Nocturnal Eating Disorder

Sleep eating syndrome is a type of sleeping disorder in which the patient eats while clinically asleep. As a result of unconscious sleep eating, the patient often consumes extra calories and gains weight. In many cases, the type of food consumed during night eating is junk food, exacerbating the health problems associated with this sleeping disorder.

Because of the individual’s lack of judgment, the patient may eat too much of what tends to be fat or sugar-rich junk food. Another prominent risk of nocturnal eating disorder is the possibility of the patient cooking while asleep.

The patient is not aware of cooking with fire, heat or sharp utensils. Is nocturnal eating disorder considered to be an eating disorder? Technically, nocturnal eating disorder is not an eating disorder, but rather it is classified as a sleep disorder.


What can you do if you suspect that you or someone you know suffers from nocturnal eating disorder? The most important thing is to get an accurate diagnosis. Visit your doctor so that they will conduct a physical examination and take note of all your symptoms. Your doctor may order you to spend a night in a sleep lab.

There are many treatment options available for nocturnal eating disorder. Physicians recommend that patients follow several preventative measures in order to keep nocturnal eating sessions at bay. Here are some of the most helpful tips for anyone who might be suffering from a nocturnal eating disorder.


Exercise has been proven to be beneficial for victims of nocturnal eating disorder. Even just a few minutes of movement and exercise each day can make a significant difference. Easy exercises that you can try include walking, bicycling, and dancing. Making just a few simple changes in your everyday routine can help you become more active.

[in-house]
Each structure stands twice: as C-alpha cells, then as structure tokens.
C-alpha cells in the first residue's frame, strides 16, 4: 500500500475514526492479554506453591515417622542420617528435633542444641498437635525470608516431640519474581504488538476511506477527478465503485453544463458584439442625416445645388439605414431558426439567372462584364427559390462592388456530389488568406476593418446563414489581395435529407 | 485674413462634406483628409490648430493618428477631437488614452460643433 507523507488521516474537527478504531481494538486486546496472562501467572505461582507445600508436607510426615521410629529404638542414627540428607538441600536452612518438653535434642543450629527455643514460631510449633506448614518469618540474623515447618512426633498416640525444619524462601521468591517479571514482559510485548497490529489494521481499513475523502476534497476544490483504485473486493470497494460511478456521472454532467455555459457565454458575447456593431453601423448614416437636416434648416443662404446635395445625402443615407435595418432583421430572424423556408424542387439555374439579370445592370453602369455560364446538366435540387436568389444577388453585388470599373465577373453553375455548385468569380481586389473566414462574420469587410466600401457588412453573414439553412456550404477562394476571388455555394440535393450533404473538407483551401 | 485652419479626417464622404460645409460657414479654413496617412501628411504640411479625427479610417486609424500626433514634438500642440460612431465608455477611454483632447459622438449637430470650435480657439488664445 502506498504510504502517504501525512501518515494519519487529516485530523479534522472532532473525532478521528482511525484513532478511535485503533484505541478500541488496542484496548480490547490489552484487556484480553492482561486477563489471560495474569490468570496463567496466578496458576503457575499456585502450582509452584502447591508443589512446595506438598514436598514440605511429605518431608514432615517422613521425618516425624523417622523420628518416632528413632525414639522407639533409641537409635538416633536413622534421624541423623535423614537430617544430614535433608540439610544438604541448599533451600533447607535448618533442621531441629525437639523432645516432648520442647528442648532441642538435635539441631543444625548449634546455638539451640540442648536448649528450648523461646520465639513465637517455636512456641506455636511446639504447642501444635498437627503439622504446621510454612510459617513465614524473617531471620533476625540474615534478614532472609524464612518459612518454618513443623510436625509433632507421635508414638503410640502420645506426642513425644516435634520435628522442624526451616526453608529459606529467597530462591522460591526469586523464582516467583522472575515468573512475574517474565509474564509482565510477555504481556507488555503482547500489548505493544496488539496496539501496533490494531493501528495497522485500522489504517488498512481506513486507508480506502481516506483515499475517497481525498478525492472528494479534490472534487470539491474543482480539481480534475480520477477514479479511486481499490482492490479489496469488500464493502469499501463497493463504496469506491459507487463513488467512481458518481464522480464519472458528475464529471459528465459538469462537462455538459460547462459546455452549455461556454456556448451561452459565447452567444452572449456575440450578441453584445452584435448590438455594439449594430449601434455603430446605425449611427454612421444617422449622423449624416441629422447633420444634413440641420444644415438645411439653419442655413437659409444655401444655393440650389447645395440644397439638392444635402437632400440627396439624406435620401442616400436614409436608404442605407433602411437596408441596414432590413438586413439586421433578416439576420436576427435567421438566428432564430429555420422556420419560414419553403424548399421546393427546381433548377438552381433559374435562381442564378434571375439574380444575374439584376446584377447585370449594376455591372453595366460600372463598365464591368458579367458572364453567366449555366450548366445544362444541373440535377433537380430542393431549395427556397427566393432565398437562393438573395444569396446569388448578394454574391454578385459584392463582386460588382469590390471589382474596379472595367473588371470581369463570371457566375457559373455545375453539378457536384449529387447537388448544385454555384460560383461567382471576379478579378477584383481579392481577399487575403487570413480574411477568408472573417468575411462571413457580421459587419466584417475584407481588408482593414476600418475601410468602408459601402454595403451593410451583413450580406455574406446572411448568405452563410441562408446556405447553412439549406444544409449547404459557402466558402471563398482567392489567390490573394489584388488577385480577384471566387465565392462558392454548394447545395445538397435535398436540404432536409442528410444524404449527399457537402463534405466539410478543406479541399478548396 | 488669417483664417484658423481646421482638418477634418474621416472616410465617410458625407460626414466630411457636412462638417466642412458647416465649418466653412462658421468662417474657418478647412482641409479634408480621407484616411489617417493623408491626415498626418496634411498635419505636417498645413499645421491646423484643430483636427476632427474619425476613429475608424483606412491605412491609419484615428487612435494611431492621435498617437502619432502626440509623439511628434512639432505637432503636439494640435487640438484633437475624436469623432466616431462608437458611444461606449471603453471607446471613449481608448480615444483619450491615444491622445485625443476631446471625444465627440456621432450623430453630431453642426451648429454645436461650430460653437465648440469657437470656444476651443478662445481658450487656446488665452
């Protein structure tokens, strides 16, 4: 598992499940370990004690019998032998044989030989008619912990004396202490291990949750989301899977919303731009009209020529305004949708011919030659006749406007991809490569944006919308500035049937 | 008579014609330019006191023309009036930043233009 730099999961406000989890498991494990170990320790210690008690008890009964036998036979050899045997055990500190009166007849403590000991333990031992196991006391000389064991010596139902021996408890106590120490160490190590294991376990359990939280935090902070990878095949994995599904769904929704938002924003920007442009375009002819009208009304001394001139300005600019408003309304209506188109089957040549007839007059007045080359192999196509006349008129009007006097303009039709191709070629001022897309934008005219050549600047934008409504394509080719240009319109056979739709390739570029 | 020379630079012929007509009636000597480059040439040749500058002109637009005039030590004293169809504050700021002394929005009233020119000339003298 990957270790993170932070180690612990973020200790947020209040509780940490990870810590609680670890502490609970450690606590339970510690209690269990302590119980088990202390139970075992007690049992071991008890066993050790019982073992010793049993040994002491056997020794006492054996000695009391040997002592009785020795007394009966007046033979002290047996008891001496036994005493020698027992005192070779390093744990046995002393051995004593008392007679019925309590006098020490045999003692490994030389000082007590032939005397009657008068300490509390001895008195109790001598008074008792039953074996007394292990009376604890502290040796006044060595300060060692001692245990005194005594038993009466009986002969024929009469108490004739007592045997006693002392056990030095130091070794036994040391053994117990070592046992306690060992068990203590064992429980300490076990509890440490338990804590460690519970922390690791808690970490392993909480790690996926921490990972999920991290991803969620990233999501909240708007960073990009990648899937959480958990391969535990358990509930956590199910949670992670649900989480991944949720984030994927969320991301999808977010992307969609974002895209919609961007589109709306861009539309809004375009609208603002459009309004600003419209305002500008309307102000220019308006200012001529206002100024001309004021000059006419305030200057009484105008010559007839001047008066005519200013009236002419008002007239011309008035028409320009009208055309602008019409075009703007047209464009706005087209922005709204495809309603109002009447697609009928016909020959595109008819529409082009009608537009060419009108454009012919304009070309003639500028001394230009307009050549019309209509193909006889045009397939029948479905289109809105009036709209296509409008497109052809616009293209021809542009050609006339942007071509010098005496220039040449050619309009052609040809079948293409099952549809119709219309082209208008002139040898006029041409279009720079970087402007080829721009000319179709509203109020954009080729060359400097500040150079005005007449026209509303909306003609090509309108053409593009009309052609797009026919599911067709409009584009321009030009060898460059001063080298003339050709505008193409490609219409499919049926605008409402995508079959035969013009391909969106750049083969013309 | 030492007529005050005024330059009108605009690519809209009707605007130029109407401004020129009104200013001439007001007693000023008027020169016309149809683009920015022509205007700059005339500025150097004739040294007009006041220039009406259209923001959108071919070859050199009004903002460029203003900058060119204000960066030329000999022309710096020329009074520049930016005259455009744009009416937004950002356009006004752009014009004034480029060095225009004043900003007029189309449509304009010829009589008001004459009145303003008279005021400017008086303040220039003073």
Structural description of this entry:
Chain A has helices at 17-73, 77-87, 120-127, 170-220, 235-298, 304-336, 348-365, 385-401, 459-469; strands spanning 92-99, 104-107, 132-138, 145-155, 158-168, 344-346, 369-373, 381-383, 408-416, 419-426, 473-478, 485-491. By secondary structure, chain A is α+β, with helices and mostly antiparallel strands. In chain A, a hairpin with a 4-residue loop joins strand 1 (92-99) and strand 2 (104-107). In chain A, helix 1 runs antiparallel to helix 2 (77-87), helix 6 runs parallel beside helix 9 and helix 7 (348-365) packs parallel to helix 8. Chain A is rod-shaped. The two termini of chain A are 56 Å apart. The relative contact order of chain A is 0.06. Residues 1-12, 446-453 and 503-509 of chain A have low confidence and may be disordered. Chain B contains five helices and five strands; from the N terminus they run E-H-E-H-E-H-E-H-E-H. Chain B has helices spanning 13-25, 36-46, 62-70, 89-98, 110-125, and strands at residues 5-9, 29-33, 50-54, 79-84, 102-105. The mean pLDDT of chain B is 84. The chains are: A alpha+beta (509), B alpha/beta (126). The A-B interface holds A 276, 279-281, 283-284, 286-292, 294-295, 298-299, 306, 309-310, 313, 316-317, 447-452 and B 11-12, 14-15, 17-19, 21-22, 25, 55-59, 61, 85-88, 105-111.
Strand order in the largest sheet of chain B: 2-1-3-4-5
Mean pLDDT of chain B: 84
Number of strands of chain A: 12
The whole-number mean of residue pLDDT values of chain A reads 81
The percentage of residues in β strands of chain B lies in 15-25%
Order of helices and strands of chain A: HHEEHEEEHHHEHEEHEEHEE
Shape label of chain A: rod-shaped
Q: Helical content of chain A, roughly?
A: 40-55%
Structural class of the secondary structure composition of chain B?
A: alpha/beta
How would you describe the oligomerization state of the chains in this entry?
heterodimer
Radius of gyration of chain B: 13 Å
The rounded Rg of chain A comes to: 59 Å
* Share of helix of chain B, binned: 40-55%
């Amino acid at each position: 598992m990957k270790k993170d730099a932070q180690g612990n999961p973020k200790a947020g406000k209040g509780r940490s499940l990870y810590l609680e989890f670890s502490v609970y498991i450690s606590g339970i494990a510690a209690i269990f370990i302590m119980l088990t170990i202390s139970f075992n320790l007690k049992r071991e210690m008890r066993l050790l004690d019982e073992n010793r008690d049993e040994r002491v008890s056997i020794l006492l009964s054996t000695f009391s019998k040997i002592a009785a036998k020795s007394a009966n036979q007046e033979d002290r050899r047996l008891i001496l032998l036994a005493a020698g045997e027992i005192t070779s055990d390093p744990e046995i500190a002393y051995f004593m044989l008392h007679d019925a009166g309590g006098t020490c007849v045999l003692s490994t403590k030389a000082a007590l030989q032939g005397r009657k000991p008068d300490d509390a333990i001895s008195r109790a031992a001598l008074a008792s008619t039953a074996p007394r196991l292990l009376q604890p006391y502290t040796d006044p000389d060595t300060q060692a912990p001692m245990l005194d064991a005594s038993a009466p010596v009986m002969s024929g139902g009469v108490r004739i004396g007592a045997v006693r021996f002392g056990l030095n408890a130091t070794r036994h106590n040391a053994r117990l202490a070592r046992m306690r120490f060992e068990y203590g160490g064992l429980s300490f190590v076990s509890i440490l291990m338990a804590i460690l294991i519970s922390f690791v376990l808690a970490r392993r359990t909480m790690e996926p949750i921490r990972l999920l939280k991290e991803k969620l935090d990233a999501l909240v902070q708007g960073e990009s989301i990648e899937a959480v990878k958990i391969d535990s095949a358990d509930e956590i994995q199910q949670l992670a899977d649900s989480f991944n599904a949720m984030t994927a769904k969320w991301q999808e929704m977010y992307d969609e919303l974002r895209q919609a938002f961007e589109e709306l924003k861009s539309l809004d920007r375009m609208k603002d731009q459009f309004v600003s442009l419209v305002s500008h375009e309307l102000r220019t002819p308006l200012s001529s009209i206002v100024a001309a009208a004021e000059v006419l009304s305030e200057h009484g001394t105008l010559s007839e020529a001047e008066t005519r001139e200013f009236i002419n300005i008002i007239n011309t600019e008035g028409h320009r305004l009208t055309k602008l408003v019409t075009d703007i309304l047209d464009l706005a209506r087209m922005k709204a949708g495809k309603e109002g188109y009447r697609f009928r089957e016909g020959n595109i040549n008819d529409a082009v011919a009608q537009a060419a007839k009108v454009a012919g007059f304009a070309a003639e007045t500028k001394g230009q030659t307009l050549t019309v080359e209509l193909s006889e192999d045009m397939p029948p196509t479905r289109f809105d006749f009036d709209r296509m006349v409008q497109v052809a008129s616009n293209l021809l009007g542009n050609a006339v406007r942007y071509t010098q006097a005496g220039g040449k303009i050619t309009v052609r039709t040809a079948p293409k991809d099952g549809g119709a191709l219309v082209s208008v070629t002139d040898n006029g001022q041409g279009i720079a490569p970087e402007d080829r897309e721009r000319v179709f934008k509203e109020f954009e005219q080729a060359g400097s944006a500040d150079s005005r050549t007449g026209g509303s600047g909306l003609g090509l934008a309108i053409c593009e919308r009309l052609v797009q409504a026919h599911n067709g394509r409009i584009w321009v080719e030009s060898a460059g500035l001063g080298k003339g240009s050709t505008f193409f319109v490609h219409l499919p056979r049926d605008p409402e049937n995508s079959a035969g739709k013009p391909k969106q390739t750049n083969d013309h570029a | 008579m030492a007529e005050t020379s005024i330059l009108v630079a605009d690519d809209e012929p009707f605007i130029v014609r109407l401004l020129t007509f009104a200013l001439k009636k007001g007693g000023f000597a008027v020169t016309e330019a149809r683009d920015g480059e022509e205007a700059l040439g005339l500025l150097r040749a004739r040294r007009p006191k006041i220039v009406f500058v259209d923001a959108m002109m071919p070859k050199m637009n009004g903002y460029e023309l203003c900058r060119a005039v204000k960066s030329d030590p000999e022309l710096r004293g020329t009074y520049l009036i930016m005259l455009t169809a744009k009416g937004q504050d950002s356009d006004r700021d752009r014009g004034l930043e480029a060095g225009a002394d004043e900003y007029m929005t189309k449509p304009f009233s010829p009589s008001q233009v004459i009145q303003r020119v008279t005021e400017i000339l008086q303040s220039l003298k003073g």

Try parking further away from the store when you go shopping, and take the stairs instead of the elevator. Try to get in all your exercise in the morning. If you exercise in the evening, it might interfere with your ability to fall asleep.


Avoid caffeine and other stimulating substances. Don’t drink coffee; consume chocolate, soda, or other caffeinated or sugar-rich drinks near bedtime. Also, avoid any medications that you know interfere with your normal sleeping pattern.

Many over the counter and prescription medications can interrupt with your sleeping pattern. Also, alcohol and nicotine can make it difficult for you to fall asleep. Instead of consuming anything that may be stimulating, drink warm milk instead.

Take a warm bath before bedtime. A warm bath can be relaxing and signals the body that it’s time to wind down for the day. However, showers should be avoided right before bedtime, as these can be stimulating.

Consult your health professional for medications that can help. Nocturnal eating disorder can be helped through the use of specific medications. These include medications such as anti-depressants, including the drug Wellbutrin. Certain anti-seizure medications have also proven beneficial for counteracting the symptoms of nocturnal eating disorder. However, sedatives should be avoided; these can worsen the condition.